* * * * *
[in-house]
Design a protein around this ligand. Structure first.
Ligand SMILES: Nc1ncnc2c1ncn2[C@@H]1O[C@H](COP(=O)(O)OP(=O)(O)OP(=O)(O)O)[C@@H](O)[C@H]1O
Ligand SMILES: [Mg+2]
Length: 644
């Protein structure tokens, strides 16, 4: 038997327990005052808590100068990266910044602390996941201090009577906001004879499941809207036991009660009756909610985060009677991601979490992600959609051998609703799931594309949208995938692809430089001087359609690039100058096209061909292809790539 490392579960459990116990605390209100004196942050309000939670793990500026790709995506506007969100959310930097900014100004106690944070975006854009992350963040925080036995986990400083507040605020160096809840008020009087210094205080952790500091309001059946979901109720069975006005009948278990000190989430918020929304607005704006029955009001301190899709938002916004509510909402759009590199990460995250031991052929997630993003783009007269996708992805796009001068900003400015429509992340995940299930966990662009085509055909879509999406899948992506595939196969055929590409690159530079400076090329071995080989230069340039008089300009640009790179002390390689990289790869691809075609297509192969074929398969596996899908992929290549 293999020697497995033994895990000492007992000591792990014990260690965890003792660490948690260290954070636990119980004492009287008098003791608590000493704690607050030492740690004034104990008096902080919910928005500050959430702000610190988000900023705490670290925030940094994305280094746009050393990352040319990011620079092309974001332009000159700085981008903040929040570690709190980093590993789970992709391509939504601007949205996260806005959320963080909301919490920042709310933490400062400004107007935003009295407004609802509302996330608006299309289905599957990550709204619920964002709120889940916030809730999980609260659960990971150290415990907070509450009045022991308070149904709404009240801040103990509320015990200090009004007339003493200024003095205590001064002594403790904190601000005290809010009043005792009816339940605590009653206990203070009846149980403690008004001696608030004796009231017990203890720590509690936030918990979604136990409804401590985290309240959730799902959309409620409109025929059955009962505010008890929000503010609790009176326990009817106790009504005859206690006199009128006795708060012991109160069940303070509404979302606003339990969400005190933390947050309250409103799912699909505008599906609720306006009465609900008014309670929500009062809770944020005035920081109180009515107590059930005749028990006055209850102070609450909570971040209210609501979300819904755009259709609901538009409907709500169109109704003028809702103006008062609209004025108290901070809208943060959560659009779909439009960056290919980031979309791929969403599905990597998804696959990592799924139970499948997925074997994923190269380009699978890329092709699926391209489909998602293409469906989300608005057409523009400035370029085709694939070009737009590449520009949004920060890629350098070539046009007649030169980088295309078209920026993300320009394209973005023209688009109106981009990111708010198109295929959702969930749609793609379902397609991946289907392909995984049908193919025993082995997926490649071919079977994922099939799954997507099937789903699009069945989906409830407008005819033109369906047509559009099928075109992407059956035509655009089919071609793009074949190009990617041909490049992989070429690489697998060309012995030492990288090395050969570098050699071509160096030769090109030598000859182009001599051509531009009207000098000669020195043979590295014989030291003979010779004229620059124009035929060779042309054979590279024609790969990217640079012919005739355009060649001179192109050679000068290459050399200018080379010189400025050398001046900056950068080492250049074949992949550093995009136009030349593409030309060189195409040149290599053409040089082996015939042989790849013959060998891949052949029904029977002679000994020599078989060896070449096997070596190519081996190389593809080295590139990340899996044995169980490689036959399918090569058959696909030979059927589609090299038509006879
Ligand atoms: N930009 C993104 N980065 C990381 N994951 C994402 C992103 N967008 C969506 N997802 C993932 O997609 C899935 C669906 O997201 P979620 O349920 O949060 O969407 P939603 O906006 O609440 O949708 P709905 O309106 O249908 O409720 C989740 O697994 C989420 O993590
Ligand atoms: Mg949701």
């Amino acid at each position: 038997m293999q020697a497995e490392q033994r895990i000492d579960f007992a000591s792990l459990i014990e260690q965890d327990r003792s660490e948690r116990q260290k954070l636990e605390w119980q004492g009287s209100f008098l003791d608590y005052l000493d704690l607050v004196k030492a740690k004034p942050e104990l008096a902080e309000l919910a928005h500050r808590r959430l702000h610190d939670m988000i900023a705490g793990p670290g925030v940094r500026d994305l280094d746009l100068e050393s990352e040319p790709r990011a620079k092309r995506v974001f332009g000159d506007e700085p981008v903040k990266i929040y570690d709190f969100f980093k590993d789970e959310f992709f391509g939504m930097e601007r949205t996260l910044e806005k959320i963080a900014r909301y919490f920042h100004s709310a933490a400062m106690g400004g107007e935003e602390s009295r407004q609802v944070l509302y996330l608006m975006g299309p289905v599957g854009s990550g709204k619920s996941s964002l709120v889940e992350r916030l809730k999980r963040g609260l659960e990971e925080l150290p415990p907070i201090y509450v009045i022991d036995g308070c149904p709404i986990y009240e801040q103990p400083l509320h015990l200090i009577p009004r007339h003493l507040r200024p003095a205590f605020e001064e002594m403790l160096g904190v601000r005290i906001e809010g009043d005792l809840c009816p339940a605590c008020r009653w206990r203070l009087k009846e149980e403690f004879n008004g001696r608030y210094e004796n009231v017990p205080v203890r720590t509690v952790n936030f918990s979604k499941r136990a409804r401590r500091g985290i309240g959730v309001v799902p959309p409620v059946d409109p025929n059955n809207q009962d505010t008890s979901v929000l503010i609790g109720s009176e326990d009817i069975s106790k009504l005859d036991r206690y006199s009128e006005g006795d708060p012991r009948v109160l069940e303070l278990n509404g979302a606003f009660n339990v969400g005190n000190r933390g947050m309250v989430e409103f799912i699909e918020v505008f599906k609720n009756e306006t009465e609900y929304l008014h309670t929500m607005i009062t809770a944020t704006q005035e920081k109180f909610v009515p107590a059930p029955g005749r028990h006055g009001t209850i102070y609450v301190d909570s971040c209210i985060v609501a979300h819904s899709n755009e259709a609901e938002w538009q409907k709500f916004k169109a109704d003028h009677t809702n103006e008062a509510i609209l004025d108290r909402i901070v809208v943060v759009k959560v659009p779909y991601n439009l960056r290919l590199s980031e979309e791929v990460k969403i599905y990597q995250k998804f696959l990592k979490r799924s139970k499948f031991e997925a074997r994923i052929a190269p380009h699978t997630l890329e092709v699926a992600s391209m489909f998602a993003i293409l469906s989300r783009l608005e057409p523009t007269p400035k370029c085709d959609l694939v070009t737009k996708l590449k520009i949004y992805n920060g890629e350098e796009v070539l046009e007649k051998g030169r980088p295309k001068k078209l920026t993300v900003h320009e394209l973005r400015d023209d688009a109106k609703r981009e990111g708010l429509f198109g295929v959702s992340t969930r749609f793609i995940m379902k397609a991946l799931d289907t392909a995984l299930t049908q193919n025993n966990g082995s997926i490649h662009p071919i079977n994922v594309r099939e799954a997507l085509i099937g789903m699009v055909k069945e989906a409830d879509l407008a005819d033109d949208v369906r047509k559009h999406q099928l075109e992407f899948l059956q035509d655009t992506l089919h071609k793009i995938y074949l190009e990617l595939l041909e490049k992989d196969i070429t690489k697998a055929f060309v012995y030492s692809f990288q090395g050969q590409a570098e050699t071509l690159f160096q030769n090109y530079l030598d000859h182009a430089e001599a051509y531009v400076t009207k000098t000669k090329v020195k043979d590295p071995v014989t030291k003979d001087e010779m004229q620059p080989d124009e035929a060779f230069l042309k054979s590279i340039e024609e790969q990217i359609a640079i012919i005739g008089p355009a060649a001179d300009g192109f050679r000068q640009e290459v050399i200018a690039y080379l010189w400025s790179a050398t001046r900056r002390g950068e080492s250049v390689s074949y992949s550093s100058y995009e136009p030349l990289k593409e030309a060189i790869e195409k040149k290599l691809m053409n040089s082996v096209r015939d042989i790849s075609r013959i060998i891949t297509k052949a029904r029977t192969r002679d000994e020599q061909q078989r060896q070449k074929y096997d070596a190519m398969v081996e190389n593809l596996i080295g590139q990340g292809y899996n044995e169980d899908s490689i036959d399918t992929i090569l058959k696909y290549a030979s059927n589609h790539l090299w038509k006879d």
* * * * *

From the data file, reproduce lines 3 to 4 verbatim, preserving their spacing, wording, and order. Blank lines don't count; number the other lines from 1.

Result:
Ligand SMILES: Nc1ncnc2c1ncn2[C@@H]1O[C@H](COP(=O)(O)OP(=O)(O)OP(=O)(O)O)[C@@H](O)[C@H]1O
Ligand SMILES: [Mg+2]